paper trail

words anna weber

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Humans have a compulsion to leave something behind. To make a mark. To leave a legacy. With the advent of Instagram, Twitter, Facebook, and many other social media platforms, that compulsion hasn't changed—in fact, it's gotten stronger. Social media is simply the twenty-first century's new and improved way of making sure everyone knows that we are here. We present a public self for all to see, and our lives unfold in the cloud. We were traveling through a country where we didn't speak the language. We were eating food we didn't know how to pronounce or describe. We were making friends we knew we'd never see again. We were here. 

There's nothing wrong with this; it's how communication works these days. We update, upvote, like. We post and repost, share and reshare, comment, emoji. There's no need to #unplug, to delete, to deactivate, to turn off. But there are parts of ourselves that can get lost in the static of the internet—the parts that comprise the private self, the space inside us where we take notes, form thoughts, arrive at interpretations and conclusions, observe, ponder, muse, wonder. We make choices about what we share and don't share, and there are some things that are unshareable. What are the sensations and ideas that don't make the cut? Where do they go? What do we keep for ourselves? What do we save, put aside, covet for a select, cherished few?

Joan Didion states in Why I Write, "In many ways writing is the act of saying I, of imposing oneself upon other people, of saying listen to me, see it my way, change your mind." In other words, that writing is the original, tangible social medium, and remains the base of social media as we know them.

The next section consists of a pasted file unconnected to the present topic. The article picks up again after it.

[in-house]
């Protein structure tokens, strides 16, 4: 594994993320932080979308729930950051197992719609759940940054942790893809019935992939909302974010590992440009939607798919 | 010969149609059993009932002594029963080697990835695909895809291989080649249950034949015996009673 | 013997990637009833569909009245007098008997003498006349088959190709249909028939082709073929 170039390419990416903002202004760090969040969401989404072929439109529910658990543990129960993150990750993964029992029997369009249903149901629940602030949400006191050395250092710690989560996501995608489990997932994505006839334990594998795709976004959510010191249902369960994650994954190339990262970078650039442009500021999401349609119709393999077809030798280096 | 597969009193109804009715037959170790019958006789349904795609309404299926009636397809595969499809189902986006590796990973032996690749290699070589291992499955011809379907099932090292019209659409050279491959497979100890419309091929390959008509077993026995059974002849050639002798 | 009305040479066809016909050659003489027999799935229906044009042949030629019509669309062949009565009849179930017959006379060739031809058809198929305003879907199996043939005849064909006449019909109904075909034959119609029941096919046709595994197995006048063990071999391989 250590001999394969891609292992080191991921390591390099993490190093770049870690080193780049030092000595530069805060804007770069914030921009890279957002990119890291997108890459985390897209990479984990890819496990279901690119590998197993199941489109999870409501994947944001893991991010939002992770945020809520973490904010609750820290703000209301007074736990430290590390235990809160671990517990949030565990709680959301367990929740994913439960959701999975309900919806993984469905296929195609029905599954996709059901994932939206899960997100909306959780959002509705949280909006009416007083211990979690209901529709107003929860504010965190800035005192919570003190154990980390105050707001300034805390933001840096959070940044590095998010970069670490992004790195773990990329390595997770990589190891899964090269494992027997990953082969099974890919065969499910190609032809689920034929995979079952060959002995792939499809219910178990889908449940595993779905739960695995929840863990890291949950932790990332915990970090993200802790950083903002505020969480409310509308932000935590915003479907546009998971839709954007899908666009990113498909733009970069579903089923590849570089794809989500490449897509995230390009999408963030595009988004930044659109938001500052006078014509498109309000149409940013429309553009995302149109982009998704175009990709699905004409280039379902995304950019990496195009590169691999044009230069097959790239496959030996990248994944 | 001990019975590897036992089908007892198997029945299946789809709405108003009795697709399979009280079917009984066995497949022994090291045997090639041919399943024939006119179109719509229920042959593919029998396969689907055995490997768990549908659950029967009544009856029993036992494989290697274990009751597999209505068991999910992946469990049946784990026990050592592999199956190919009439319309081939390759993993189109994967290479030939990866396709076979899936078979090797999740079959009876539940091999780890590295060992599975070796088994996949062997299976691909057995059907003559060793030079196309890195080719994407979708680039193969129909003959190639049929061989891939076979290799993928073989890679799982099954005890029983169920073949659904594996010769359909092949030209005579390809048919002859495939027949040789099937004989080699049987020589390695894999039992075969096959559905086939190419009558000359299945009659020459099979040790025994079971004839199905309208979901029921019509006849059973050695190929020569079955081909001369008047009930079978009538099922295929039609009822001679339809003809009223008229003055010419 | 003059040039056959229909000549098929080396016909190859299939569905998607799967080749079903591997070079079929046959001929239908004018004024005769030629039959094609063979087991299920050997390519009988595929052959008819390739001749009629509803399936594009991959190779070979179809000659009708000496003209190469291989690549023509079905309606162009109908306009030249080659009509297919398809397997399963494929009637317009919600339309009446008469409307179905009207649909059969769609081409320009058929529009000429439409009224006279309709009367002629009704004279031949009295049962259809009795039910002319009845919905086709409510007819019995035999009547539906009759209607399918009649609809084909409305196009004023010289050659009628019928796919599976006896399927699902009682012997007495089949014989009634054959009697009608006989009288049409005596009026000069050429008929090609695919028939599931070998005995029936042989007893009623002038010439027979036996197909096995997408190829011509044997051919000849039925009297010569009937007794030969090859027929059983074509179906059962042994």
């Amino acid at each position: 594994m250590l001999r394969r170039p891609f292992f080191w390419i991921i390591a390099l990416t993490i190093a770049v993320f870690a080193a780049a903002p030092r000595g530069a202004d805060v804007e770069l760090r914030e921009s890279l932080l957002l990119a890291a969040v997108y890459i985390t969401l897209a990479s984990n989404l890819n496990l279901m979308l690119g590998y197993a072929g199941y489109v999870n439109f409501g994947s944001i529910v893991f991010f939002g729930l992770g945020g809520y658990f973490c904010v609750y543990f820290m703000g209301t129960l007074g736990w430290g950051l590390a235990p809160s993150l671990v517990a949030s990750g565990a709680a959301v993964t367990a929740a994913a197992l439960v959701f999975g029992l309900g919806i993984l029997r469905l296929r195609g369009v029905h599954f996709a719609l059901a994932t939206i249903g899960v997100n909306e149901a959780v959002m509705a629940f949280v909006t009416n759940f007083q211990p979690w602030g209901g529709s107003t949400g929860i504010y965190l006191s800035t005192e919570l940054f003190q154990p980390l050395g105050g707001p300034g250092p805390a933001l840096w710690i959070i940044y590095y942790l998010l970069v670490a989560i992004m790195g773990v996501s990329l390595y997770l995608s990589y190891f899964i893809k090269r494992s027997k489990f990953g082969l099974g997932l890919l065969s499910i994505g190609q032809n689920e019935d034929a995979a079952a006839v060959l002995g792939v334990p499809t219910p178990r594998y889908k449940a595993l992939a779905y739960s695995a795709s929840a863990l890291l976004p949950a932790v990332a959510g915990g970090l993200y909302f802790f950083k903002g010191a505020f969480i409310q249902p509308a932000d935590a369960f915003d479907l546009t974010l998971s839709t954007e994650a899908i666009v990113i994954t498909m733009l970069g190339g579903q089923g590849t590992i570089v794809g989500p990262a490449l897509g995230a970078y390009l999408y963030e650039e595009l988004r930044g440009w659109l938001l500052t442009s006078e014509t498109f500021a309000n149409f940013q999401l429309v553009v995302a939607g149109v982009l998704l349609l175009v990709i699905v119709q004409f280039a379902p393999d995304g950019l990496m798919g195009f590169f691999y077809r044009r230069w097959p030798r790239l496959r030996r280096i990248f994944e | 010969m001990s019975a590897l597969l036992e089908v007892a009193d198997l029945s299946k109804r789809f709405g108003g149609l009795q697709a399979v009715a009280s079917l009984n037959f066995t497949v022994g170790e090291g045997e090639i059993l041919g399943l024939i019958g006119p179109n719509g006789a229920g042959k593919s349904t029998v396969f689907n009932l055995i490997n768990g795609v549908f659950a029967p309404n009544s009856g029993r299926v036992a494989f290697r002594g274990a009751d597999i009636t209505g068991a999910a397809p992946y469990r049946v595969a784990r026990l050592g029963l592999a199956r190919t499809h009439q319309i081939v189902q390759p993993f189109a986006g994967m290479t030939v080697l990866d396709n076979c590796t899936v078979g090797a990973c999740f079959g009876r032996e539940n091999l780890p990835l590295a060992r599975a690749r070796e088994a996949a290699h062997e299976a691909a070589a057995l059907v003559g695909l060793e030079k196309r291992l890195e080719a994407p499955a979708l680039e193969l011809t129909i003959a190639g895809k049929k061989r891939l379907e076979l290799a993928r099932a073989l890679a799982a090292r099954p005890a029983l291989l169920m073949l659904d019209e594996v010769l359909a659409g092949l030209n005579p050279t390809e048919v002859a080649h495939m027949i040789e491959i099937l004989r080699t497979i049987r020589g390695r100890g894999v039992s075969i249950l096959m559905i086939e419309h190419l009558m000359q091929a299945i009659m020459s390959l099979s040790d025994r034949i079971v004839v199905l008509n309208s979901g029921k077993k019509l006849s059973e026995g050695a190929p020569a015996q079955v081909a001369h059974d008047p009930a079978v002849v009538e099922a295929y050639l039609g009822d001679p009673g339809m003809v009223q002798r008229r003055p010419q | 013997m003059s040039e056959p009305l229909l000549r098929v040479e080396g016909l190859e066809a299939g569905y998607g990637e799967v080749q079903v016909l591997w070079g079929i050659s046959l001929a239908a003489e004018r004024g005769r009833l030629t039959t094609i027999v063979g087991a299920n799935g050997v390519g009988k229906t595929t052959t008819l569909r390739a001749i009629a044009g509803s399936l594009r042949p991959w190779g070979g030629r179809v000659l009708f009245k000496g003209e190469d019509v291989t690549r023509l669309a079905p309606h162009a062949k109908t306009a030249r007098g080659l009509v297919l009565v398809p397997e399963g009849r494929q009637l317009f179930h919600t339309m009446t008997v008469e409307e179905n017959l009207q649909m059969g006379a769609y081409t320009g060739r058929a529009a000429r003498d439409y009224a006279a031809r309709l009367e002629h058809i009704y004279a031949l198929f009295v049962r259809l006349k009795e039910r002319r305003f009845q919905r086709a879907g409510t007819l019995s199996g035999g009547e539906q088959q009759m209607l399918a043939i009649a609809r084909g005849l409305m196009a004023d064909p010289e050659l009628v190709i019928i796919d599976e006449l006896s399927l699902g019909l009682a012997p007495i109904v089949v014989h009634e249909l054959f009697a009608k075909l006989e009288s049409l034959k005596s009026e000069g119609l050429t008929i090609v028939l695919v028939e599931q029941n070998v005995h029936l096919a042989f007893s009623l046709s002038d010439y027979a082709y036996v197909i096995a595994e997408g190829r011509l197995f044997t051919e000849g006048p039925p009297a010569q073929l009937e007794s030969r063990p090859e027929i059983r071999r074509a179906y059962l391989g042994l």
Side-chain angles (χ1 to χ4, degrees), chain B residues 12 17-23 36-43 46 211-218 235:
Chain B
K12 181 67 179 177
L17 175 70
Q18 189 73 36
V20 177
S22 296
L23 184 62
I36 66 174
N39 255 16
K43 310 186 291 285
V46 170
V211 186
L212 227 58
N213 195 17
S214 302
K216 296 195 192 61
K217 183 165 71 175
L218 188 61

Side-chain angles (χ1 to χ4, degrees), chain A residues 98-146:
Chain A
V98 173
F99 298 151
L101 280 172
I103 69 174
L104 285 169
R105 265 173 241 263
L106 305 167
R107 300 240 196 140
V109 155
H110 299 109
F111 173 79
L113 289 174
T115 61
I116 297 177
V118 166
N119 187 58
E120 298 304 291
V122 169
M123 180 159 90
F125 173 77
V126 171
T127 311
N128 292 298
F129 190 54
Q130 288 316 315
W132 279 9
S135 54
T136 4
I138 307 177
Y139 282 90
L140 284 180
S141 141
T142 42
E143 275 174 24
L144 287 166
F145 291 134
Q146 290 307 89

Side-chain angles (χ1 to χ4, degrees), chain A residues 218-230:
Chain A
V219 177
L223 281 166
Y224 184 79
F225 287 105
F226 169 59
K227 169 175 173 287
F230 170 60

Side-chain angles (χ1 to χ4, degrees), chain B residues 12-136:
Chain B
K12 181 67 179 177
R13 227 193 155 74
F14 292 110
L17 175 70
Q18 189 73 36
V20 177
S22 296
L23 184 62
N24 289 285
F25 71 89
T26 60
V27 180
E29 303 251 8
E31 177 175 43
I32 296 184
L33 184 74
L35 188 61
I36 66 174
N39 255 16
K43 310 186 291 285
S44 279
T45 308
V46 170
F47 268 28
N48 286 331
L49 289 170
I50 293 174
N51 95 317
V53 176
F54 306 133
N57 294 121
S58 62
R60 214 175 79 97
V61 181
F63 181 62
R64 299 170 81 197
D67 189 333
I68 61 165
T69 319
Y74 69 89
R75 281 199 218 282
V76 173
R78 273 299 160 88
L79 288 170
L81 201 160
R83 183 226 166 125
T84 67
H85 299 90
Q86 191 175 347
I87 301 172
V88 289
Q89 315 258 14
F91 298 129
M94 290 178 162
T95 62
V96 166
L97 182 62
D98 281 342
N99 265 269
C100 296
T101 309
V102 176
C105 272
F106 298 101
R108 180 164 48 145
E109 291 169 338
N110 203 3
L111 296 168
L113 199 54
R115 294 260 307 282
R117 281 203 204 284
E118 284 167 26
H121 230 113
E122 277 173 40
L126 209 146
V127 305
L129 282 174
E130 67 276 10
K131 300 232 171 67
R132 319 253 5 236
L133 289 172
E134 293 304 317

I have a chronically empty mailbox. I have changed addresses two or three times a year for the past five or six—it's normal that my family and friends might have trouble keeping up. So I've started to fill it by sending letters—one has to give to receive, after all. The gratification one gets from reading a personal account on paper, in pen ink, free of ads, free of notifications, is rare and rich. I don't just write to my immediate family and closest friends—I write to people I talk to once a year, people I know through friends of friends, even people I've never met. The content of the letter depends on the person to whom I'm writing; some are commentaries on something I read in a paper or in a book, some are accounts of things my students or colleagues said or did, some are sensory observations of a place in time, some are simply scattered thoughts I've tried to thread together. Some are journal entries I've rewritten, and some become entries I copy into my journal. Personal record-keeping goes hand-in-hand with letter writing.

In writing these notes, I'm not looking for likes, shares, or even comments. With letters, knowing that at least one other person will read it is enough. With journals, knowing that I'm listening to my private self is gratifying enough.

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